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Learn how to ace an interview for a Credit Analyst position

Scene from the interview. We can see just hands and bodies of people in the room, not their faces. There are many documents on the table.Most banks will provide excellent training to each new employee–including the credit analyst.

And while you still need at least some skills in advanced math and quantitative analyses, plus a bachelor degree in finance, accounting, law, or management to apply for this job, the core of the interviews will consist in personal and behavioral questions.

How you deal with them will decide the outcome of your interview.

Your answers to the personal questions help the interviewers to understand your motivation, your communication skills, teamwork ability, and other things that are important for this position.

Your answers to the later (behavioral questions) help the hiring managers to understand your attitude to various situations that happen in a workplace, and your readiness for the job.

Let’s have a look at both groups of questions.

Personal questions for credit analyst interview

These questions are often called “screening questions”, simply becasue some banks will use them in first rounds of interviews (often conducted on the phone, or online, 50% of applicants  are screened out at this stage).

Nevertheless, not every bank will split the hiring process to a few rounds of interviews, and you may actually deal with the personal questions in any part of the hiring process.

Why do you want to work as a credit analyst?

Hand on heart, Credit Analyst isn’t the most interesting job in the world. Hiring managers are aware of the fact. If you are one of the guys who dream of making a huge impact in their career, or, as Steve Jobs put it, you want to “put a dent in the Universe”, you will be disappointed with this career.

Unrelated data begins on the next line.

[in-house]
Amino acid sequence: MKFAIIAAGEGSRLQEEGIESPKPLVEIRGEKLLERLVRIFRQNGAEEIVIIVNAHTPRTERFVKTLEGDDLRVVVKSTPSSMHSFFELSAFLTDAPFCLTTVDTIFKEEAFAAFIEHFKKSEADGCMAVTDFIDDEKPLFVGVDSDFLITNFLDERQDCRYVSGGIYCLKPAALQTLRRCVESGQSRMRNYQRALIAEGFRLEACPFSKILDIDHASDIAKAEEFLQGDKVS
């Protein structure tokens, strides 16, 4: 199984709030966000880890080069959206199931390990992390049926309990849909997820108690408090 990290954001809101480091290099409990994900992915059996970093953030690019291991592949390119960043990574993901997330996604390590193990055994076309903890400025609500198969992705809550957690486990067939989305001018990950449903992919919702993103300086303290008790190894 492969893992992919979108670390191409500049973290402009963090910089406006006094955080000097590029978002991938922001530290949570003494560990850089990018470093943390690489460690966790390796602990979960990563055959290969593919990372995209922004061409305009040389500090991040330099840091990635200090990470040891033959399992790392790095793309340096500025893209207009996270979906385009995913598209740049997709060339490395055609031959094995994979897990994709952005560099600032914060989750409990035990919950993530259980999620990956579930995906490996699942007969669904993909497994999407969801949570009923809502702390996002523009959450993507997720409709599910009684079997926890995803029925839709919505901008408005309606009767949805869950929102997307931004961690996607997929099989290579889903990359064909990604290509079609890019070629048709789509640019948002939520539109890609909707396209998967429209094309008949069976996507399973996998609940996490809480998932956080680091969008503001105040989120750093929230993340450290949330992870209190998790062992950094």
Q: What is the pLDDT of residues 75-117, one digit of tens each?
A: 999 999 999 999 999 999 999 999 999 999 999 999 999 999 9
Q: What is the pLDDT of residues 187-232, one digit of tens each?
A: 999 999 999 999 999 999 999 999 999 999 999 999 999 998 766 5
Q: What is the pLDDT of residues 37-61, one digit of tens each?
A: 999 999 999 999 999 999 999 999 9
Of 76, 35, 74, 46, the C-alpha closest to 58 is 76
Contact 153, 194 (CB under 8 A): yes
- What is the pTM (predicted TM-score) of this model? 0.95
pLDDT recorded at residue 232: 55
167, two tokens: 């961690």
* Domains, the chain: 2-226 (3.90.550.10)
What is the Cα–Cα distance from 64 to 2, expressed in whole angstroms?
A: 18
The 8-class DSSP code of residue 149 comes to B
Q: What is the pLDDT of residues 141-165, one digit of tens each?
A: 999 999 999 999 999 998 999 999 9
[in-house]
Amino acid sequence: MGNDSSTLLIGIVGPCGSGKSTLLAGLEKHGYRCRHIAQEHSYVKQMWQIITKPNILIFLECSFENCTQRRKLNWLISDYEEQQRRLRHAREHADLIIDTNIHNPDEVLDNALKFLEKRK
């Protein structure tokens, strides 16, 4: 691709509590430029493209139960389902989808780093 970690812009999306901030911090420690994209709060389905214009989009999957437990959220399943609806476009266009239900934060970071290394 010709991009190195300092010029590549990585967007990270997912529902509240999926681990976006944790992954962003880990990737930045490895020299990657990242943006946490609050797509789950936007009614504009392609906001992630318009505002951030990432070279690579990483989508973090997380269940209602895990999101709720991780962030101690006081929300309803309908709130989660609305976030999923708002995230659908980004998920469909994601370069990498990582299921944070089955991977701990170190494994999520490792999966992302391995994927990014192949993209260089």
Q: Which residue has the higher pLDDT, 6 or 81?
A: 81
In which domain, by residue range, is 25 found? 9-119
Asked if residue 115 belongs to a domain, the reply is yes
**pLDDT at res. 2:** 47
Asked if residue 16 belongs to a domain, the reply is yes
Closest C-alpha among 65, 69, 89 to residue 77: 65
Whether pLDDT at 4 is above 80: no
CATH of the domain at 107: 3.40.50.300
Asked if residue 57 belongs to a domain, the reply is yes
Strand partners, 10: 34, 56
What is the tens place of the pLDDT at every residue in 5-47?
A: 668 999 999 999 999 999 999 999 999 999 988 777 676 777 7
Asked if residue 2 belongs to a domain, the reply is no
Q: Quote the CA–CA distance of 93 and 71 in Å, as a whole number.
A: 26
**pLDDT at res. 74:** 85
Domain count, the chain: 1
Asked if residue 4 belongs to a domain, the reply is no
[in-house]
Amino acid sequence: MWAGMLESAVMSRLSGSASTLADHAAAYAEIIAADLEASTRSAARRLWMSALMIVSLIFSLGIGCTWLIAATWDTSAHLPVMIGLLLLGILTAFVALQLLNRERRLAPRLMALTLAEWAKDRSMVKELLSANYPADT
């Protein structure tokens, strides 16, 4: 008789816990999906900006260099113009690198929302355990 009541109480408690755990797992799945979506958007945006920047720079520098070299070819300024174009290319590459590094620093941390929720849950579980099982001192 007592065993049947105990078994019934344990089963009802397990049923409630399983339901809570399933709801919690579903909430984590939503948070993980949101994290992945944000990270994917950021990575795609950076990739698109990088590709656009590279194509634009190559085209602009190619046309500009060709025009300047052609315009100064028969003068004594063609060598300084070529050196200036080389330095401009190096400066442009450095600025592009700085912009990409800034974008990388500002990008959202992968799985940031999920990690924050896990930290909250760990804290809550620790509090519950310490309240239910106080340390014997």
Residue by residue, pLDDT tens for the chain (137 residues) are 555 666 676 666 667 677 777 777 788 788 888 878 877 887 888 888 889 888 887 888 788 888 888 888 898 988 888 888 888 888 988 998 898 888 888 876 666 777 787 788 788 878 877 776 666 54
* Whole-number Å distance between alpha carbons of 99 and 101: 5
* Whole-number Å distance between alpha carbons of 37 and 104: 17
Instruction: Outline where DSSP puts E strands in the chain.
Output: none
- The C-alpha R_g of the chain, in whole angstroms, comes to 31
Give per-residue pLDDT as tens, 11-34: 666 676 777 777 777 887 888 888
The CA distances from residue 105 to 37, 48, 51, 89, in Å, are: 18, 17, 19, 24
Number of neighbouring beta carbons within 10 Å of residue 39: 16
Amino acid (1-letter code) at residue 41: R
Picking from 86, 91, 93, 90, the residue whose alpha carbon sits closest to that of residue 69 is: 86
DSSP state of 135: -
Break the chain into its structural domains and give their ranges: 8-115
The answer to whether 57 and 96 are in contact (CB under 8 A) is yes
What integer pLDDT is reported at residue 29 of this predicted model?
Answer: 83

Therefore it makes no sense to go for big phrases in your answer. On the contrary, you should refer to the most simple (yet still important) things, such as saying that you will enjoy doing what credit analyst normally do, that you prefer to work in a bank environment, or basically that you like the nature of the job, and the list of working duties.

You can also say that you have all skills and strengths that are central to this position.

Where do you see yourself in five years time?

Job candidate gesticulates with his hands, trying to amplfy his message in an interview.It takes time to learn credit analysis. People who have this job tend to have it for long, ten years, or even fifteen years, before they progress to a senior position in a banking center. Such positions include: credit manager, risk manager, or investment manager.

Bearing this in mind, you should say that you want to have the same position in five years time. You can say that you hope to be really good in what you do, and you can also focus on some goals from your personal life.

One way or another, try to connect your future with the bank. If you plan to start your own business in five years time, do not say it in an interview.

Why do you think you can be good at this job?

This is your chance to show them that you understand what credit analysts do, and what matters for the job. Show some confidence. Tell them about your math skills, objectivity, sense for responsibility. Show the interviewers that you are eager to learn, and motivated to work hard.

Remember, you should believe into your skills, and potential. If you do not believe in them, hiring managers will hardly believe in you!

Why our bank, and not one of the competitors?

This is a tricky question. Most of us do not really care about the name of our employer, and credit analyst are needed in each banking institution that lends money to people and businesses–which happens to be every bank :).

But some banks pay better, and a starting salary for a credit analyst in the US can vary from $40,000 to $65,000 annually. Is this a good reason for your choice? It is a good reason for your choice, but not the one you should talk about in an interview. Try to come up with something better.

You can praise the bank for something: working environment, product portfolio, their vision and goals, the way they treat their employees, their innovative approach to banking, anything.

The key is to to show them that they are special in your eyes (even if they are not). If you manage to do it, your chances to succeed in this interview will improve. A lot.

Other personal (screening) questions you may get

  • Why did you leave your last job (why do you plan to leave your present job)?
  • What would your former colleagues say about you?
  • How would you describe an ideal boss?
  • What motivates you the most in work?